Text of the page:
Handheld gaming systems have traditionally been crappy next to home consoles. GBA was a SNES compared to GameCube, GameGear was a Master System compared to a Mega Drive/Genesis, and PSP is a PS2 compared to PS3.
But every once in a while, someone manages to do the impossible and convert a game between the two tiers. Sounds dangerous in a 'crossing the streams' kind of way. Imagine every crappy port you ever knew, simultaneously exploding at the speed of light. That kind of thing.
We're not talking about handheld 'versions' of games like GTA Chinatown Wars on DS or MotorStorm: Arctic Edge on PSP. Those are new offerings, built with the handheld platform in mind. No, these are the real deal, converted so well we have to check the back of the console to make sure it doesn't have a tiny wizard stuck in the cartridge slot.
Above: Sometimes it pays to check - it was Gamedalf all along
So here they are: the greatest handheld conversions of all time:
Street Fighter Alpha 3
Converted from: Arcade (1998)
Converted to: Game Boy Advance (2002)
2D fighting games may look simple to make. They're just hand-drawn pictures after all. And PSP has an arcade-perfect version of Street Fighter Alpha 3, so surely that's the point proven. But it wasn't the first handheld conversion. No - Game Boy Advance was doing it a mere four years after the arcade game's release, back in 2002. In style.
Above: Street Fighter Alpha 3 in tiny-vision. Aw, ain't they cute?
Unlike PSP, it's not an arcade-perfect conversion. That would have been an impossibility. But how close is 'damn close'? Well, there are some shortcuts like some omitted backgrounds and music. Then there's the way Ken's voice is put through a pitch-shifter to make Sakura's higher battlecries. It's a small price to pay for a roster of thirty-seven beautifully animated characters. For a 64meg game, that's just insane.
The 60fps movement, beautiful hand-drawn art and classic Street Fighter gameplay are a revelation on GBA. Especially if you stick the cart in a GBA Micro - you've got an entire arcade cabinet that fits in your shoe. It's cut down, yes, but never scuppered.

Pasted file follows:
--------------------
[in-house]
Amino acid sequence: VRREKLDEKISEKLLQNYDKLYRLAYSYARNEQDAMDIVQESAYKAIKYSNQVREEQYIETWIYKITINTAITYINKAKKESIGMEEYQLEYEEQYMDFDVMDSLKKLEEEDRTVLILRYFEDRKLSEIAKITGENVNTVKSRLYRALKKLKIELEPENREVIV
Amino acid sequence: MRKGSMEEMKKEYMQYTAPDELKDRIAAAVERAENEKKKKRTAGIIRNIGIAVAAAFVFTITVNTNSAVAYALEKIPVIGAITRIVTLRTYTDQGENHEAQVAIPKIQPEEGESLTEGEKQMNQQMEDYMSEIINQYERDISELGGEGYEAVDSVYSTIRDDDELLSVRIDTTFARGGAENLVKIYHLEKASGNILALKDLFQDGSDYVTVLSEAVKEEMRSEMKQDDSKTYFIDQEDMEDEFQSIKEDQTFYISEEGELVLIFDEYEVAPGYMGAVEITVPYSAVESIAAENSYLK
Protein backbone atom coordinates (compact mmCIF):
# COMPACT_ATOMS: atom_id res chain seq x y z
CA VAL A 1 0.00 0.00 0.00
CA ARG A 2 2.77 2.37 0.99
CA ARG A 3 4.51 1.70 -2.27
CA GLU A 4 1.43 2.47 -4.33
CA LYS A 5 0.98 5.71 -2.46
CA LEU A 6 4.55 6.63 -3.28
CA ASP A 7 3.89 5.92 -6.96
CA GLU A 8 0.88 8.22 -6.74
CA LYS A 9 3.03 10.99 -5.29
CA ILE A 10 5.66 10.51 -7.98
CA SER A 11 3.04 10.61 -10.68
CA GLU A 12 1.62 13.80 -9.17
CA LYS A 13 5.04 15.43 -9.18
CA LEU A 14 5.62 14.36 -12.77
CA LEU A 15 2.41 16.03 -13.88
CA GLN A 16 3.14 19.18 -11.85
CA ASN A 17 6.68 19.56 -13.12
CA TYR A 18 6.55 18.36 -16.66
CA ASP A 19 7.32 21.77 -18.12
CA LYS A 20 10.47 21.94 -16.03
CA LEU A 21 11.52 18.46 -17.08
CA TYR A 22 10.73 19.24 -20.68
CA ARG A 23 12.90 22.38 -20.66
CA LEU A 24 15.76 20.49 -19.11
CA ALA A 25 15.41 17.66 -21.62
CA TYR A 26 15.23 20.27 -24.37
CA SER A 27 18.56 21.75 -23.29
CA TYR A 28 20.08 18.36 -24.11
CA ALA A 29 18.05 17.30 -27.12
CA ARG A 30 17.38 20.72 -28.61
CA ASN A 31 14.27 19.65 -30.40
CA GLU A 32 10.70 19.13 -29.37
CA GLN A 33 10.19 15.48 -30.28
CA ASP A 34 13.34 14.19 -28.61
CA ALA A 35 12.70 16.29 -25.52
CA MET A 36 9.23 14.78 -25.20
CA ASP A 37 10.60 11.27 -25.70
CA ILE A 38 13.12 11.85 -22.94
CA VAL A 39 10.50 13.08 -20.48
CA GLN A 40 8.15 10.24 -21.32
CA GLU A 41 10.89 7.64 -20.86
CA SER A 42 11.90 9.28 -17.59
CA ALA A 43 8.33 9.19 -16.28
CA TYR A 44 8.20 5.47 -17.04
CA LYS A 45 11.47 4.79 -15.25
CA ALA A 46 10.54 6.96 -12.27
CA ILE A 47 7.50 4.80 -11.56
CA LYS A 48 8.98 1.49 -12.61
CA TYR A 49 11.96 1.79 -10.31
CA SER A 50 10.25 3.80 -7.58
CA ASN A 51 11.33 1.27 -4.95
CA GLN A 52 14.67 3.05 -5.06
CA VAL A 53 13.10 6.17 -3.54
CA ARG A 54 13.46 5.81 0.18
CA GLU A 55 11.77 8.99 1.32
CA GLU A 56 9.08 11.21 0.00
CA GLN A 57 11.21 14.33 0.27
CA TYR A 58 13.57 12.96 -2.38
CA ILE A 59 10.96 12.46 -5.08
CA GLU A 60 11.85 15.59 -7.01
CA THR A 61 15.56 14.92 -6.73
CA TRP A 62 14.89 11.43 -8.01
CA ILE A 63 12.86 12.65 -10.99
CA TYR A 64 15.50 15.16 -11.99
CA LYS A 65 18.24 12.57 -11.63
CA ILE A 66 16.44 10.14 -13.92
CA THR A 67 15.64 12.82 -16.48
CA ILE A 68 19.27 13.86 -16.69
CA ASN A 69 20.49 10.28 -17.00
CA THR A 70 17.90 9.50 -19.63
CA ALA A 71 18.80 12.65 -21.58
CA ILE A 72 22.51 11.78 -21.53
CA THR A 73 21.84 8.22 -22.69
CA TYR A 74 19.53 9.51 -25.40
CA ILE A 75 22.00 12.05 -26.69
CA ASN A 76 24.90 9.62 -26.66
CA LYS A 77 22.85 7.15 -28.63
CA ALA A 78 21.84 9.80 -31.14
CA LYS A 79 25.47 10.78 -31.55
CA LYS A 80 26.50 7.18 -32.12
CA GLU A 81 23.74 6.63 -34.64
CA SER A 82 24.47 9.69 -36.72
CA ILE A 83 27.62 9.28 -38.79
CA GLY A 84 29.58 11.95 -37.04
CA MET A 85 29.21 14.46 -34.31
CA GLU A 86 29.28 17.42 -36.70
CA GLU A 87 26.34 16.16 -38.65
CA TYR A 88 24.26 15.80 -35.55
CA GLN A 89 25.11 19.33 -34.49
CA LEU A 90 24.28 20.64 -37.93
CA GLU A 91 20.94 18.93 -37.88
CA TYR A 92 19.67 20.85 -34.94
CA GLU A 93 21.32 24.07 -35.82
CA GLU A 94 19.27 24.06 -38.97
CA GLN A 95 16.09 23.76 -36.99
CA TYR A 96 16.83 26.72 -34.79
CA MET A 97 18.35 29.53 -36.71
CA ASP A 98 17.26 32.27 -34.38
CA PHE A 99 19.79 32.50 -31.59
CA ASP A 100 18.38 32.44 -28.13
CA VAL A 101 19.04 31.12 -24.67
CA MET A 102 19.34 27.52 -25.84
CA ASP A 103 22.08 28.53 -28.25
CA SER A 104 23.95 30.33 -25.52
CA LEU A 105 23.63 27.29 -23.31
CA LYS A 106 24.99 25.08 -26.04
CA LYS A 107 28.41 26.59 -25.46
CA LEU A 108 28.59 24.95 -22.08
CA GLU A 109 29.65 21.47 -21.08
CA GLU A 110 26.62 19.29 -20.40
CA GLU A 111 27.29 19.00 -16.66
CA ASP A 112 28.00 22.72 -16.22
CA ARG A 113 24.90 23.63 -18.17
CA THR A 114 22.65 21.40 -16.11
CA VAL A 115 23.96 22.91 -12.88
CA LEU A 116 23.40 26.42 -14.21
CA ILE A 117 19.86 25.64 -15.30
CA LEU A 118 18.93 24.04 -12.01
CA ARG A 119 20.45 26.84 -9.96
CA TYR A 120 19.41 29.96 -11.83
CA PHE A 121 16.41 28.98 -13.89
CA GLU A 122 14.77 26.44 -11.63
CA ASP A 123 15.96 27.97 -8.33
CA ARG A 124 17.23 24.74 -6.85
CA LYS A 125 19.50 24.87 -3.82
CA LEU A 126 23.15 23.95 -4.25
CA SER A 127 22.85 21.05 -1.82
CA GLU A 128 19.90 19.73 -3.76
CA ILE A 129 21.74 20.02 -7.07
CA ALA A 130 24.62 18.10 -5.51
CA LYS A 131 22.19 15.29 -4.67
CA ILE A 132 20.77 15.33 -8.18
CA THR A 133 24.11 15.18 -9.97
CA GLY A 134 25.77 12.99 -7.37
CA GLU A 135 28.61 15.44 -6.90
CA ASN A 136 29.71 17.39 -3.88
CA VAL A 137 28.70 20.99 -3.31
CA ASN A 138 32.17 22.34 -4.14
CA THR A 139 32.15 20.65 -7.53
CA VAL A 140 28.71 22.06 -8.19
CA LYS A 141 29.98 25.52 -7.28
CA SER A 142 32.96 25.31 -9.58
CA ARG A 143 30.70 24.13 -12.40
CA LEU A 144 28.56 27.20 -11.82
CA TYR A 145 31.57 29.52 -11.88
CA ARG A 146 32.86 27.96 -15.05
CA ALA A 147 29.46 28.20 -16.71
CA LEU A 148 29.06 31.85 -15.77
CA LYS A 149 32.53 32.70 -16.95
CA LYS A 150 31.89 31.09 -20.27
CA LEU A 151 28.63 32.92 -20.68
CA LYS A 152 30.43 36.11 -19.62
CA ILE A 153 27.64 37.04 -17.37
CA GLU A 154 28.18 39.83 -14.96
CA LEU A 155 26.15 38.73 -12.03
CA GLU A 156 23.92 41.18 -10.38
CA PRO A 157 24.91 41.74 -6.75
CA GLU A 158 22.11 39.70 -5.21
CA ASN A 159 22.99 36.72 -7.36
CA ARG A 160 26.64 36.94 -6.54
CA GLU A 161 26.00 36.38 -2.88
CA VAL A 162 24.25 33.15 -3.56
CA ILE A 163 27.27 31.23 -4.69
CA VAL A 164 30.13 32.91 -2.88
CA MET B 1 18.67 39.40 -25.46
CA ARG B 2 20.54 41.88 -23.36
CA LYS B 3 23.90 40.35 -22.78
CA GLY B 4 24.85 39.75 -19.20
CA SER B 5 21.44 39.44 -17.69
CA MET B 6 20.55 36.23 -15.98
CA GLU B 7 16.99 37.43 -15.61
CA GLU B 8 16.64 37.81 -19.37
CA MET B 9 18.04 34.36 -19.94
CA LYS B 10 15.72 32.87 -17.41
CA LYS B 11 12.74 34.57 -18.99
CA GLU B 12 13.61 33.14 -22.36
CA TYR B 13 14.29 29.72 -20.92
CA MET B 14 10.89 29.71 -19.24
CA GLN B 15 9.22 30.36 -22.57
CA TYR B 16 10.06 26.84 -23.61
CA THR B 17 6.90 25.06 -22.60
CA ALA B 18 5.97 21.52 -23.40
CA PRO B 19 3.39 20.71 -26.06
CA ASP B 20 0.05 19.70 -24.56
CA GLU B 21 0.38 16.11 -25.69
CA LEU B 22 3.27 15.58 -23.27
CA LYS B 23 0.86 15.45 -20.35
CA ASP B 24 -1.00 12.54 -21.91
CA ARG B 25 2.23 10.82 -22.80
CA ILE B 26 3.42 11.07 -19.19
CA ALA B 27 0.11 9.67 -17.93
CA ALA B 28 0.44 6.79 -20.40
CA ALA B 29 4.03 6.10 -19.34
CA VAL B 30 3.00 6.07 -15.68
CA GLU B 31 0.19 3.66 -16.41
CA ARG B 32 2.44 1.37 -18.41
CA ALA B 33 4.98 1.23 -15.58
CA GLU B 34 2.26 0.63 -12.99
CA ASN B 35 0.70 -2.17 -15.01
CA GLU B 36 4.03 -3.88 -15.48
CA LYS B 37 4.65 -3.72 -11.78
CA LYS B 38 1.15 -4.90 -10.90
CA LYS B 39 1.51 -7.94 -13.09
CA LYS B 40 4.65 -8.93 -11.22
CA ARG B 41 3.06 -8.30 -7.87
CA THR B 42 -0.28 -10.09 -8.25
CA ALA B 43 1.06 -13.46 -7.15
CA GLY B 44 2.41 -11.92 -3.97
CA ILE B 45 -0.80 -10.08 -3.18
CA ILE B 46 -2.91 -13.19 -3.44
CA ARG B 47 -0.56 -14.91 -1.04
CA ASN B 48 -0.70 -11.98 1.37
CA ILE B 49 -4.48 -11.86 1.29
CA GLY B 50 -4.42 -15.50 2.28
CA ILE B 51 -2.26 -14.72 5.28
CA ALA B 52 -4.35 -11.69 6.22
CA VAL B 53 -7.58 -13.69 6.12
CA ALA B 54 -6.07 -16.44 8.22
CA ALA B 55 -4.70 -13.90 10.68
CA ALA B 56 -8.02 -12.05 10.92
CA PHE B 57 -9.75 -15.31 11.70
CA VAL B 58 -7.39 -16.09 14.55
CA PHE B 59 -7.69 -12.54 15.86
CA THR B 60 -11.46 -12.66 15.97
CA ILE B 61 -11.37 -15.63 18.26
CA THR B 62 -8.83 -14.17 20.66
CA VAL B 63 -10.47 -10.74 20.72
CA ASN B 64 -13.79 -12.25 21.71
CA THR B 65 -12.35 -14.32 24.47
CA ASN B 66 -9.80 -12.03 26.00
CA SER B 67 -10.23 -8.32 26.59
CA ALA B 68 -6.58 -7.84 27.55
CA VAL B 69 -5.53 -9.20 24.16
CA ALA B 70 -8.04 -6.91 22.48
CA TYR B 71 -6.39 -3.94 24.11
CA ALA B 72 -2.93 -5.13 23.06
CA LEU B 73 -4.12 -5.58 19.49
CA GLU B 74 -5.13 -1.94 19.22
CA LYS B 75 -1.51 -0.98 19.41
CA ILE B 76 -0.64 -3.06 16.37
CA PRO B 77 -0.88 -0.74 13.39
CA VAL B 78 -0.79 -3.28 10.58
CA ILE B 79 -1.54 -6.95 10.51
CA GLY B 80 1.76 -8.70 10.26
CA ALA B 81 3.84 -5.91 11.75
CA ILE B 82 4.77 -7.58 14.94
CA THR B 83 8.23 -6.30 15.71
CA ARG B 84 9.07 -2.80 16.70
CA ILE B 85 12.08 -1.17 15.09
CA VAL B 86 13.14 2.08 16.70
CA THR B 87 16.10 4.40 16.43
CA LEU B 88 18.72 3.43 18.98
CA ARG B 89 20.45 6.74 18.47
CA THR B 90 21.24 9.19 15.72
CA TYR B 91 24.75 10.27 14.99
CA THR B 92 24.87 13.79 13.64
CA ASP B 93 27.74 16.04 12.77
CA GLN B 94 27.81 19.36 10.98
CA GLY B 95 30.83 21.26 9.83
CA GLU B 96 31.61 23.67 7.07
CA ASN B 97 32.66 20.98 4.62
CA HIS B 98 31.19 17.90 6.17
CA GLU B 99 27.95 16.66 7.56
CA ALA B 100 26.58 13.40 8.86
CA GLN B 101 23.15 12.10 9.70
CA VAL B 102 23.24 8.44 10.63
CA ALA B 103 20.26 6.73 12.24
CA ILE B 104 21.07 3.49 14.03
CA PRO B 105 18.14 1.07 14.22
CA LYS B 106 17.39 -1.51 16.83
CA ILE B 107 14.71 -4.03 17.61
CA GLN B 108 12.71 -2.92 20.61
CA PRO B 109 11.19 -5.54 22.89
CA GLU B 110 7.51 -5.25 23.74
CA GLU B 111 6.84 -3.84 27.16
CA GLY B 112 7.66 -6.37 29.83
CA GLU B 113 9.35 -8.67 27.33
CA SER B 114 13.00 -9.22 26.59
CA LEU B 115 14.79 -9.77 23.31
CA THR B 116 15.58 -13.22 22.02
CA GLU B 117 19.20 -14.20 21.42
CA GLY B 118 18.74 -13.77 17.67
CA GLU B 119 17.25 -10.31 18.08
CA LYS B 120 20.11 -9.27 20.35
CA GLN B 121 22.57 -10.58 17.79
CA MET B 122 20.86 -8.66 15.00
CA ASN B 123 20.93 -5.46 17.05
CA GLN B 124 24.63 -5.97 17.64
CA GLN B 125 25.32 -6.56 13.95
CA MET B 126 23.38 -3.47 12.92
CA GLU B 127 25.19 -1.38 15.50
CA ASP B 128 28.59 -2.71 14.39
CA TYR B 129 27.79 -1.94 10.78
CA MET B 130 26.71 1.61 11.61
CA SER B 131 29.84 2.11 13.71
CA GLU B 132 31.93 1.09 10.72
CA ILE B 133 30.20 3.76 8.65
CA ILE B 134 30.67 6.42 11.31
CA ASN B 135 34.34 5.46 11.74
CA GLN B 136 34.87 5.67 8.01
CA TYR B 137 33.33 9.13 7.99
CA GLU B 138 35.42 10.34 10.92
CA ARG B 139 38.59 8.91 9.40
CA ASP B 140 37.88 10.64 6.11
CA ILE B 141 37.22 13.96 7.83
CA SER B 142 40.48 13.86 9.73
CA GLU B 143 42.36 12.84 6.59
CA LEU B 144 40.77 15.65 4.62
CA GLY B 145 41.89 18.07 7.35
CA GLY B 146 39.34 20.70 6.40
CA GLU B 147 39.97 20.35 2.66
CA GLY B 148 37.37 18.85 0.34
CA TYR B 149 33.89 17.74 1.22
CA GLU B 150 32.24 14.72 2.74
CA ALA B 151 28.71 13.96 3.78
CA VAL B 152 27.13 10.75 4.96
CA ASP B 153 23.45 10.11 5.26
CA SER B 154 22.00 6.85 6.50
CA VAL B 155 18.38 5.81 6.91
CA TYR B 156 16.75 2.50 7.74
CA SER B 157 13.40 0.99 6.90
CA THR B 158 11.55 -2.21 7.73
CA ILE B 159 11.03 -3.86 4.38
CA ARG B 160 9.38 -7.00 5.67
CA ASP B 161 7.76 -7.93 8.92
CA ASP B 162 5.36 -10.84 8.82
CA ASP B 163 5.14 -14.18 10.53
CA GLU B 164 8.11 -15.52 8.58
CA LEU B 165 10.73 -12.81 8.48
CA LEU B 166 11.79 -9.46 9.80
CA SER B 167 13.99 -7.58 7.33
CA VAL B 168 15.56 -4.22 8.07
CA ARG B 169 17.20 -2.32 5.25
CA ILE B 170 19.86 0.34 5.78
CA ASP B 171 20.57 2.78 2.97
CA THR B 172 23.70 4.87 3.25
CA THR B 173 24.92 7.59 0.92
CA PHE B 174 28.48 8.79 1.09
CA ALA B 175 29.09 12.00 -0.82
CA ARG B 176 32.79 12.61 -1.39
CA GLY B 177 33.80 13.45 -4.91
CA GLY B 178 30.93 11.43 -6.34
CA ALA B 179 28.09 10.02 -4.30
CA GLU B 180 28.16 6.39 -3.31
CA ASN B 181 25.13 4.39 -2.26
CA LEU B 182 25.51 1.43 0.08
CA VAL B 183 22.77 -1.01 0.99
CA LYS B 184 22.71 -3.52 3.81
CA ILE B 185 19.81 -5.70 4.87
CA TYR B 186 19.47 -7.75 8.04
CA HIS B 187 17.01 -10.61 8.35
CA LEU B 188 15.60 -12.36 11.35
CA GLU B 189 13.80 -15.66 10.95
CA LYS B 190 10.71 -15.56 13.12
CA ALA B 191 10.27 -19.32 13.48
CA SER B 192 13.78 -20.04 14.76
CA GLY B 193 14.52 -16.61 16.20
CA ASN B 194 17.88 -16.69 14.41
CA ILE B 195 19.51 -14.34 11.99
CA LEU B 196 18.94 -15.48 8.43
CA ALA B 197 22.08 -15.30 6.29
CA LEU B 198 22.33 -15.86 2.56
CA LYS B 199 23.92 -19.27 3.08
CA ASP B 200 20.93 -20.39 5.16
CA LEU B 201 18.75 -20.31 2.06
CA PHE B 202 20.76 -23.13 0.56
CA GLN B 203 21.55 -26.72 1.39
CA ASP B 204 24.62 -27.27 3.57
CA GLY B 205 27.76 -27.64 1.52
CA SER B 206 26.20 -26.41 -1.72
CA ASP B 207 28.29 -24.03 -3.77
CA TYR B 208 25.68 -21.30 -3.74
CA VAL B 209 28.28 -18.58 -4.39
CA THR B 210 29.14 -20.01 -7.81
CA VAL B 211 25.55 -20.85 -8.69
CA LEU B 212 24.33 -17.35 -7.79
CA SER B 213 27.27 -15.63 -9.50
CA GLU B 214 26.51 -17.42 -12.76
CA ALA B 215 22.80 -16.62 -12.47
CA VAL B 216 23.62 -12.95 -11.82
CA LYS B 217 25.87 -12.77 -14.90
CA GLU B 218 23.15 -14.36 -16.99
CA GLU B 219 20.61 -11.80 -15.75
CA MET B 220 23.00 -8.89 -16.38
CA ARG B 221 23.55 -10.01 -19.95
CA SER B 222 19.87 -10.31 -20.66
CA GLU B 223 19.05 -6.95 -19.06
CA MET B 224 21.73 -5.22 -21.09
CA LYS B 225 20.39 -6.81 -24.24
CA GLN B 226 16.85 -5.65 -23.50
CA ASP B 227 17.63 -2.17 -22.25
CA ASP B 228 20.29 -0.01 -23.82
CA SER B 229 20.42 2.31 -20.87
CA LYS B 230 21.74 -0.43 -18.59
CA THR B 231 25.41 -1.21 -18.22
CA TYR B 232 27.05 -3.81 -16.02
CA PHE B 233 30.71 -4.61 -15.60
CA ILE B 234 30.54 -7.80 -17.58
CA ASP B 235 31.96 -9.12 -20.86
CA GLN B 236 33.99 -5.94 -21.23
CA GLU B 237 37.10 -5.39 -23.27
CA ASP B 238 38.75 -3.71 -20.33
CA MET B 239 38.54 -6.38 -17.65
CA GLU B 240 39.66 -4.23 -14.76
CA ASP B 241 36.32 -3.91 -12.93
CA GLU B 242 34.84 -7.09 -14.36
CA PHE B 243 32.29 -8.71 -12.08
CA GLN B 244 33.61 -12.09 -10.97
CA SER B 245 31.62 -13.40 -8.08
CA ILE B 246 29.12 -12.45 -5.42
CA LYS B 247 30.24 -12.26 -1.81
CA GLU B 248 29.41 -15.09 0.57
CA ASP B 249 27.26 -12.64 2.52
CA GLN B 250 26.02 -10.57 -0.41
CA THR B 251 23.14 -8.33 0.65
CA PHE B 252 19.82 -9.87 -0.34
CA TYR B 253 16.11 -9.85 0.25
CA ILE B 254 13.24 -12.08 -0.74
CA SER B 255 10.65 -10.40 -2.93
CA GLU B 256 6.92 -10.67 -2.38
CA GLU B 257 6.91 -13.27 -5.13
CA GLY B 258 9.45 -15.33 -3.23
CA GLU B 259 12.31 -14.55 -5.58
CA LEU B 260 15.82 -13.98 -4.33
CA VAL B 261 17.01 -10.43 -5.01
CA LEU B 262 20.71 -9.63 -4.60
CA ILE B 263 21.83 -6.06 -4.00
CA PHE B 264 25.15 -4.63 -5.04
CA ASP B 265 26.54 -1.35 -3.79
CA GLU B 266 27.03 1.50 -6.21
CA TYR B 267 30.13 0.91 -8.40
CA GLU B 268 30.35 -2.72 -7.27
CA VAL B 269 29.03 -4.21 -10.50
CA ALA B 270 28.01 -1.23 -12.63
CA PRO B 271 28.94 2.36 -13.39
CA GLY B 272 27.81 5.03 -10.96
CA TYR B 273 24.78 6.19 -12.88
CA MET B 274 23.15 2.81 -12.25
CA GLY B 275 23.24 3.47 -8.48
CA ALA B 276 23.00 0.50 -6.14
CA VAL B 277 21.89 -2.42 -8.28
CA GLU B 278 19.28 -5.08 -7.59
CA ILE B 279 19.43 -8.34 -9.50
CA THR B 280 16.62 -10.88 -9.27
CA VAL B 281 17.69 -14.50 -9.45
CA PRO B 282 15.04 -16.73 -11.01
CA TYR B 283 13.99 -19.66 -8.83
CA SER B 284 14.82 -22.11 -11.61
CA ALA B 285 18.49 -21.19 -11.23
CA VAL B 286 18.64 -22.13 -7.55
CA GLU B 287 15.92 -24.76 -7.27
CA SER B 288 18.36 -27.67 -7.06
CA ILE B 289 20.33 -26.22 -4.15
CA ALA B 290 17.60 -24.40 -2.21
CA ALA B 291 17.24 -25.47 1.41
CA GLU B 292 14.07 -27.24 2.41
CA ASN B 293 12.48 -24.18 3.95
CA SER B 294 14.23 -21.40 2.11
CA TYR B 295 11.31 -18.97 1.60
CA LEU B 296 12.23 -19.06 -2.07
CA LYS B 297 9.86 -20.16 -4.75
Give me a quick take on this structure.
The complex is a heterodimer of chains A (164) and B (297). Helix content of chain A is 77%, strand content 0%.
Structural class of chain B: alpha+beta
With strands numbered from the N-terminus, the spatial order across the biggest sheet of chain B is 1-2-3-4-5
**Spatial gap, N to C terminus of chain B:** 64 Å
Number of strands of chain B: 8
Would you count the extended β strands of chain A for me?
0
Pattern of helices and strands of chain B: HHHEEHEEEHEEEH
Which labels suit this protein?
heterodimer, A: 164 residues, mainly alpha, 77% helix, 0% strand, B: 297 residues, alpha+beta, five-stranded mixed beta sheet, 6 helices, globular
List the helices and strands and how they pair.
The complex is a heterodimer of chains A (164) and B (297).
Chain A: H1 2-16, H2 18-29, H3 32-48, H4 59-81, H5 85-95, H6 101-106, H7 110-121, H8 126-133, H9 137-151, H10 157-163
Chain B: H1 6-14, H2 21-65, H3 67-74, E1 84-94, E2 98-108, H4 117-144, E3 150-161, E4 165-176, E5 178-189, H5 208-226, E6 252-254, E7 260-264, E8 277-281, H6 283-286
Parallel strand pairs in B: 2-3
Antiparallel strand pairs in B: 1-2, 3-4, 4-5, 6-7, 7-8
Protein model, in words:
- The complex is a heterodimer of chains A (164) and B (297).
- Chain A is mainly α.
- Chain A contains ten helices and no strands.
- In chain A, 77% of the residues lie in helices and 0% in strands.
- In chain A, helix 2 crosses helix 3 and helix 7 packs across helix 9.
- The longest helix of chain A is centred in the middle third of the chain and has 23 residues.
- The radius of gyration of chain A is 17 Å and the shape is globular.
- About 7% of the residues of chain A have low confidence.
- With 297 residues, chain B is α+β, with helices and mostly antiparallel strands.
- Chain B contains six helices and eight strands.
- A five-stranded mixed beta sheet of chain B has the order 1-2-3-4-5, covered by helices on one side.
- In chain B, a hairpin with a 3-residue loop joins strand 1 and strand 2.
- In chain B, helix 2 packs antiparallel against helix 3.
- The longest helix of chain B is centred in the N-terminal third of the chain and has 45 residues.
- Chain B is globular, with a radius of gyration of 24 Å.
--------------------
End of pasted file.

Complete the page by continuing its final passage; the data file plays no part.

Above: GBA's conversion is so good, Ryu and Gouki are dancing with joy
Mega Drive/Genesis (1993)
Game Gear (1993)
Treasure is perhaps known more than any other developer for squeezing more performance out of consoles than was previously believed possible. The Mega Drive version of Gunstar Heroes (available now on all three consoles' download stores) is still one of the most technically impressive games of all time. To attempt it on a Mega Drive was ambitious enough. But to convert it to the 8-bit Game Gear? Exactly - that's what we thought...
Above: There it is. Sure, Red has a helipack now, but look at Seven Force!
Treasure overcome the limitations of low-tech hardware by running lots of tiny sprites in familiar formations, such as the running man form of the boss 'Seven Force' above. Moving the foot sprite beneath the knee sprite, for example, creates a convincing illusion of 3D animation. The CPU's happy because it's moving tiny things, the gamer's happy because he's seeing massive things. See?
Somehow, conversion team M2 managed to get the Game Gear to produce this advanced effect. Observe:
Above: Even Bravoo Man makes an appearance with only 2 fewer boxes
Of course, the Game Gear can't do everything. Mega Drive Gunstar Heroes features full-screen rotation, which Game Gear can do... but only if you move your hands in a steering wheel kind of motion.
That's a bit low-rent, so some of the more technically complex scenes are adapted instead. But considering it's more faithful to the original than the GBA remake, including that revolutionary weapon system making it across intact, Gunstar Future Heroes on Game Gear is an outstanding achievement.